Lecture capture software systems allow teachers to digitally record lectures and make them available for students to watch via the Internet. This feature makes of lecture capture a perfect tool for flipped teaching and learning. However, in the online classroom, which is predominantly asynchronous, the only effective practice I could think this resource could facilitate was to deliver and review course content.
While doing some research to learn more about how the integration of lecture capture would function and modify teaching methods in the online classroom, I came across the article Flipping the Online Classroom – One Professor’s Unique Approach, by Kelly Walsh. In this article, Walsh tells the story of Dr. Marshall, a college professor that decided to flip her online classroom. It is quite a fascinating story about how she created a robust set of regular synchronous working sessions, which turned the class into a truly dynamic digital classroom. Here is an excerpt from the article:
Students were assigned lectures she had recorded as their out-of-class work, which is common in flipped on-campus classes. Marshall’s recorded lectures were often rather lengthy, in contrast with common recommendations, but it is important to remember that this is also a graduate course. In some cases, they were split into two parts and/or students chose to view them in two parts, as there was usually only one lecture per week.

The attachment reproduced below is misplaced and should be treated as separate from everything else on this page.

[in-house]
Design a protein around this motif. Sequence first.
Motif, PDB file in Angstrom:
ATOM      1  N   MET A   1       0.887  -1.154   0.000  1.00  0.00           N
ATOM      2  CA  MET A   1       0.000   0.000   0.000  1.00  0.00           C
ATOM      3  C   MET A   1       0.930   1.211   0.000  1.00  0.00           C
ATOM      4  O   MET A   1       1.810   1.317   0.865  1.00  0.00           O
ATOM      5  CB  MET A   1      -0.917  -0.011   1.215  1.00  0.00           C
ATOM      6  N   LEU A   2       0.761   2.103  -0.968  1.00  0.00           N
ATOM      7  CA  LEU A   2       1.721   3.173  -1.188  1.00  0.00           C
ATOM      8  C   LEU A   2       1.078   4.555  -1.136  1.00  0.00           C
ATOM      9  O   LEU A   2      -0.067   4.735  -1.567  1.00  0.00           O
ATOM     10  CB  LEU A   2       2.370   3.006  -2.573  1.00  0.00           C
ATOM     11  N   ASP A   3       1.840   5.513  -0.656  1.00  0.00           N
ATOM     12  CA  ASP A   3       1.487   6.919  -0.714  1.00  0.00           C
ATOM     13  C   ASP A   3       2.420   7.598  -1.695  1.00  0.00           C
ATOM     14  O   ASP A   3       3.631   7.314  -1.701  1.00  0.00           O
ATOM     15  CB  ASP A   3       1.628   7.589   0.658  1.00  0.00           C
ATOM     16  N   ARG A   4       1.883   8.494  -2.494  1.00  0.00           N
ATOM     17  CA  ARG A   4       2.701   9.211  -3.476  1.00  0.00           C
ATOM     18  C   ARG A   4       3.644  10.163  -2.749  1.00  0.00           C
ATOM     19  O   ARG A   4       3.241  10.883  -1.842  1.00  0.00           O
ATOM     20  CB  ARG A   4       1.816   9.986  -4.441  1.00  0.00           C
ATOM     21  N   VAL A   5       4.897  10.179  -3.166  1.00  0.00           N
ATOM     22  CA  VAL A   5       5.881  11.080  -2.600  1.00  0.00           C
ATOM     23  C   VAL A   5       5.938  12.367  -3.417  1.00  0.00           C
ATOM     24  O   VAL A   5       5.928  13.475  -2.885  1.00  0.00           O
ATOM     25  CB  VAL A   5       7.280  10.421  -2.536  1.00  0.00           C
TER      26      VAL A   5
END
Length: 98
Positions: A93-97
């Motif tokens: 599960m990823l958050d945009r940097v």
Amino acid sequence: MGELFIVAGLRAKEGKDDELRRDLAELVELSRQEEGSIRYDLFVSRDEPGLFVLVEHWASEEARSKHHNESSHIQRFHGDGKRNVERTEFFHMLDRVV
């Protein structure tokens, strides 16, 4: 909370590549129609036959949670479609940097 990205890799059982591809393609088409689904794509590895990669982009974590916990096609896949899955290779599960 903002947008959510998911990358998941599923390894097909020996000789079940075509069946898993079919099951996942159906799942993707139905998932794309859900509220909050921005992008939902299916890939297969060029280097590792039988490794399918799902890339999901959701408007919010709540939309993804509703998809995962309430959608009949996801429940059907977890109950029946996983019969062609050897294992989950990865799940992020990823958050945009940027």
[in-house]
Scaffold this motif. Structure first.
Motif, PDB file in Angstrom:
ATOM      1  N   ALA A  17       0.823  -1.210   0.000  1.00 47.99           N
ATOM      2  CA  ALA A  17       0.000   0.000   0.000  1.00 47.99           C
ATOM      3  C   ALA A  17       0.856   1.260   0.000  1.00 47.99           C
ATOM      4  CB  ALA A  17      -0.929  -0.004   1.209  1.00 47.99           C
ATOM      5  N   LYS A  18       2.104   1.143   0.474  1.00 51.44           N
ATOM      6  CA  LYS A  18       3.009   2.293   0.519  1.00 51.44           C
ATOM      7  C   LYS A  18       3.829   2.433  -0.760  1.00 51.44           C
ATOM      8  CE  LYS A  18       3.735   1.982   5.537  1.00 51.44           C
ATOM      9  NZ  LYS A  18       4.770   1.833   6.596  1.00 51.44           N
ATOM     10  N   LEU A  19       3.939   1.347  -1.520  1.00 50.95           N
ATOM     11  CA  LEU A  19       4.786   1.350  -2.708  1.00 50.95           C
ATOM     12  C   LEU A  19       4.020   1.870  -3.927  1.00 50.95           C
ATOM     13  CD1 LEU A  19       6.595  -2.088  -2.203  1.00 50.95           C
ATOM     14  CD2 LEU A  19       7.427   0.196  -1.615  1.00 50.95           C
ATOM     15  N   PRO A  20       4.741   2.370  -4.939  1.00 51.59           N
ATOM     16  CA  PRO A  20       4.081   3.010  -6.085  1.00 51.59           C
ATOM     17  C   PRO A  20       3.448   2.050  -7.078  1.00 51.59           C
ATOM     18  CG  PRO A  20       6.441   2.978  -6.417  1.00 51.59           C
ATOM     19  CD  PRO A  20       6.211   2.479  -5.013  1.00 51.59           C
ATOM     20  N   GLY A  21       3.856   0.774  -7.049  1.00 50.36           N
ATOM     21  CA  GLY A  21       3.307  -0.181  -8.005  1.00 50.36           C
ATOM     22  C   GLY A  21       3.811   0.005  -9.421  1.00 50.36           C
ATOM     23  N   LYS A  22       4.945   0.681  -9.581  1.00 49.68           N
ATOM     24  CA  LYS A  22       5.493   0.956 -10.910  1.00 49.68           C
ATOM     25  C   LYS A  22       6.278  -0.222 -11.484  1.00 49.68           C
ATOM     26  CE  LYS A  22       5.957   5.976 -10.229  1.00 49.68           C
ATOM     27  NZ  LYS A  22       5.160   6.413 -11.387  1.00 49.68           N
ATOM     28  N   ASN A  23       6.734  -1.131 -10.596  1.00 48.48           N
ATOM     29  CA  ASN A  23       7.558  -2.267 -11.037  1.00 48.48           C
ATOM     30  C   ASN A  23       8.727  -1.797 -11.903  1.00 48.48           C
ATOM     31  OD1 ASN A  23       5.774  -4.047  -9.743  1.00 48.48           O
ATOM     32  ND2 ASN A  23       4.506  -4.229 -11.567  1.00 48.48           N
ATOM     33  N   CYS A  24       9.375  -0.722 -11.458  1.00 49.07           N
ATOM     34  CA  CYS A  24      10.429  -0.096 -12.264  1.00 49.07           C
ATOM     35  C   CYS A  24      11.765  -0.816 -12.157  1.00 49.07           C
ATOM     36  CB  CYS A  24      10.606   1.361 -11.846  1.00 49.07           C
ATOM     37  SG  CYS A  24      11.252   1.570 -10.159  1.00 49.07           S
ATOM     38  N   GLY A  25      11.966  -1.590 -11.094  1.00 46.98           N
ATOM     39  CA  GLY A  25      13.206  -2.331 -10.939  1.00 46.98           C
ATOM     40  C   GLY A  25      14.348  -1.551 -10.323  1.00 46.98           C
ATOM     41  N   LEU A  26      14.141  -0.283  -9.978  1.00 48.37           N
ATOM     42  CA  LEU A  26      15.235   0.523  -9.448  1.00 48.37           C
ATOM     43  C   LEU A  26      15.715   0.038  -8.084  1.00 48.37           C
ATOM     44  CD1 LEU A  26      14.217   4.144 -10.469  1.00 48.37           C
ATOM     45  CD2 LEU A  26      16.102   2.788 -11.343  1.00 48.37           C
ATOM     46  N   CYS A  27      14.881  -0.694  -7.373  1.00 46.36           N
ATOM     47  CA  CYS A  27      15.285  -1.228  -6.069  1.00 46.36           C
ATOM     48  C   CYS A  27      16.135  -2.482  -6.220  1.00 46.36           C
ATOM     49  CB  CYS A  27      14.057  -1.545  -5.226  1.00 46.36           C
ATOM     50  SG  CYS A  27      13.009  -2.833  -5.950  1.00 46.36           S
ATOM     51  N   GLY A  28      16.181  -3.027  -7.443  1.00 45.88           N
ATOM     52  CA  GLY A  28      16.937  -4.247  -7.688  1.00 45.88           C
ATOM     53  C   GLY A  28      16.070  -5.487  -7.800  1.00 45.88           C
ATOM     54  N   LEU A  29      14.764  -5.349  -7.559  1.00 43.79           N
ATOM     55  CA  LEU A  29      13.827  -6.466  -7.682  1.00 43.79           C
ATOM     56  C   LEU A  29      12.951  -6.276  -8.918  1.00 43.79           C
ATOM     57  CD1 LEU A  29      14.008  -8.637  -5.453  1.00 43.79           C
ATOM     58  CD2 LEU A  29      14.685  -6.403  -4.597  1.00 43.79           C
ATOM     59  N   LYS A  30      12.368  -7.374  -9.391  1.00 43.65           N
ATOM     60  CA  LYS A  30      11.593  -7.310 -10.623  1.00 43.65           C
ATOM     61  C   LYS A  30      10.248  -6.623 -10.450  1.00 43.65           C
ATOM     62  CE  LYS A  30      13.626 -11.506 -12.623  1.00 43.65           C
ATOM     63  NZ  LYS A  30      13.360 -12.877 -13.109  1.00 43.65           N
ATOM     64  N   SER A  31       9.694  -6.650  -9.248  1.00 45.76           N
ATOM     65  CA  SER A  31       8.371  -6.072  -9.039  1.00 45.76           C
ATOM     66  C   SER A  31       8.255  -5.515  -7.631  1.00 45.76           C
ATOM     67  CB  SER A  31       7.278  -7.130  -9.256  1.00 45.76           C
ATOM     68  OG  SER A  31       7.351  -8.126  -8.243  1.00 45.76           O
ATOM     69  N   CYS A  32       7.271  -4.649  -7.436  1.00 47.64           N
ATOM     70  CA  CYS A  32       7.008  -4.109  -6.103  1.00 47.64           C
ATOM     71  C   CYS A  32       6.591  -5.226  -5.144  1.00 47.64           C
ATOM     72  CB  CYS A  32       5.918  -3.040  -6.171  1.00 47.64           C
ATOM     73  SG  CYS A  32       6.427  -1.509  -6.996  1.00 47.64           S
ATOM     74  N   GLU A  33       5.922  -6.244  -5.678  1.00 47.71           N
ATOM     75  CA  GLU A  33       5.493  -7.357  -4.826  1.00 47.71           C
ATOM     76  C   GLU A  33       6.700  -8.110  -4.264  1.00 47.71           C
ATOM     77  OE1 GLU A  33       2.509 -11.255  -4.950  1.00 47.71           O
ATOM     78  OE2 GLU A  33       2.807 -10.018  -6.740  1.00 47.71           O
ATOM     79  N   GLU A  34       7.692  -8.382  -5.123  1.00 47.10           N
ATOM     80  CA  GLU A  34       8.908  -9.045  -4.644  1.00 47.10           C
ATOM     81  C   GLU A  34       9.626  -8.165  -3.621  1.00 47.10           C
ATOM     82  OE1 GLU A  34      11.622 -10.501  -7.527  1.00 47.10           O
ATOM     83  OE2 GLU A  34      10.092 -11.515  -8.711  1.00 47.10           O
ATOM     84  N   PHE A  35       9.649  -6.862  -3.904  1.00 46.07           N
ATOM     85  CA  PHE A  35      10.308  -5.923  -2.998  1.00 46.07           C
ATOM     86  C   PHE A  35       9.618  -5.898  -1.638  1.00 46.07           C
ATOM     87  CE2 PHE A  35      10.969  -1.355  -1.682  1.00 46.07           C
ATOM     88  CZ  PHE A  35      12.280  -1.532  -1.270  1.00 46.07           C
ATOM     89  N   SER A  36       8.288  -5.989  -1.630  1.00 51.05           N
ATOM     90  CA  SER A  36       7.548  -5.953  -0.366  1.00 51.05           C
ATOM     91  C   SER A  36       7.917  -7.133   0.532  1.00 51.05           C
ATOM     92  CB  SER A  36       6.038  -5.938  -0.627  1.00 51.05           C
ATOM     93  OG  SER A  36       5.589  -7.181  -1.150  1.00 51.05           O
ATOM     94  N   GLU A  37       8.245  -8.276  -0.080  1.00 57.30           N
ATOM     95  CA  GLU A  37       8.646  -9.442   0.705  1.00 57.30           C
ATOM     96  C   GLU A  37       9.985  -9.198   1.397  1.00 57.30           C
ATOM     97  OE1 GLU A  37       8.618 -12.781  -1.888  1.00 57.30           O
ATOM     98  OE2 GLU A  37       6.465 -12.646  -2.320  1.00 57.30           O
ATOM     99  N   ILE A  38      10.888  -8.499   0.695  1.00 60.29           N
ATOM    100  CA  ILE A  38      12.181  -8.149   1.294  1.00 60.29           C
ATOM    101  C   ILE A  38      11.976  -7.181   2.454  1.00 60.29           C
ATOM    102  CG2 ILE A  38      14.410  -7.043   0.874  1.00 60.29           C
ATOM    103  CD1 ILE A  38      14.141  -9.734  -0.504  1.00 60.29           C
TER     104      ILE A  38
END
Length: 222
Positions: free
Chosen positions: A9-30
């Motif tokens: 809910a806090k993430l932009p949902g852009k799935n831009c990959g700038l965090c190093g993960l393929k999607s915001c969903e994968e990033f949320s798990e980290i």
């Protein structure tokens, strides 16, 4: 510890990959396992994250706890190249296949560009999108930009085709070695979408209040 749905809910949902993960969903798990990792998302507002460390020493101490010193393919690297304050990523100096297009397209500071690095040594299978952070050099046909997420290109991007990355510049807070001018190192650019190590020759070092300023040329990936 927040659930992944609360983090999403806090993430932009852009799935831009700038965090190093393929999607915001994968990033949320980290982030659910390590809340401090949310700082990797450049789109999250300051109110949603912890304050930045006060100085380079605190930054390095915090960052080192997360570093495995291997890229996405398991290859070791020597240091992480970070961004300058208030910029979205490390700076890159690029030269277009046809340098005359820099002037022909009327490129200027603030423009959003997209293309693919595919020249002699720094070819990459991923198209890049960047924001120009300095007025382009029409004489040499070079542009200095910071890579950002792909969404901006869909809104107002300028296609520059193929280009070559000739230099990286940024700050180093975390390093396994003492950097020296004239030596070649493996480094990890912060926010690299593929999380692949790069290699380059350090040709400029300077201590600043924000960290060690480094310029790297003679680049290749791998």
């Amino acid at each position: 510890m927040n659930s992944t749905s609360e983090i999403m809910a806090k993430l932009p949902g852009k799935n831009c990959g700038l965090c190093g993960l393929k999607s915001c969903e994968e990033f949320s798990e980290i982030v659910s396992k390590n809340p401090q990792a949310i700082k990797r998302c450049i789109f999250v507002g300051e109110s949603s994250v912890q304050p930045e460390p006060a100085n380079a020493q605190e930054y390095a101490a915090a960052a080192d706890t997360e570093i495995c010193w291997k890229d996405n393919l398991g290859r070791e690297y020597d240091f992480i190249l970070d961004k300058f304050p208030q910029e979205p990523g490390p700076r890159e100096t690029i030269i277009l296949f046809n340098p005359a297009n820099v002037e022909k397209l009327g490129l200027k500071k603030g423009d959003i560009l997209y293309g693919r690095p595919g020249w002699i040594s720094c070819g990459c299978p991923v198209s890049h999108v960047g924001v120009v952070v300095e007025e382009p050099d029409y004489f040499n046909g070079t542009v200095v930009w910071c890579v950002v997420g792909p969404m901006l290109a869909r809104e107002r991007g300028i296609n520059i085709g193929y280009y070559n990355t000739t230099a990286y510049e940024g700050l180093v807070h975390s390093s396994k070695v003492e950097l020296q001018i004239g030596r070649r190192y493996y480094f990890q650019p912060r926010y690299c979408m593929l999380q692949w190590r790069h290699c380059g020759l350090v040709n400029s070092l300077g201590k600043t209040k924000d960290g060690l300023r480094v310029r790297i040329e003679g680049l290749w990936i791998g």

During the synchronous meeting sessions, students would log in and complete a “sign in” activity, based on the material from the lecture, while also serving as a record of attendance. Within the Adobe Connect platform, students would break into groups, each working on activities in their own digital breakout rooms. Marshall can ‘roam’ for room to room and observe or participate. Each group also has its own online collaborative whiteboard, and its own chat functionality. Everyone returns to a main meeting room to work together afterwards.
This practice seems to indicate the direction that online teaching and learning might take in the future. According to Walsh, increased use of synchronous elements is going to become more common as online learning continues to evolve. Using a tool like lecture capture will not only help flip the online classroom but also, as Walsh suggests, it will help emulate elements of the on-campus classroom which can strengthen the engaging social aspect that is often challenging to replicate in distance learning formats reliant solely on course management systems.
Walsh, K. (2014) Flipping the Online Classroom – One Professor’s Unique Approach. Retrieved February 27, 2015, from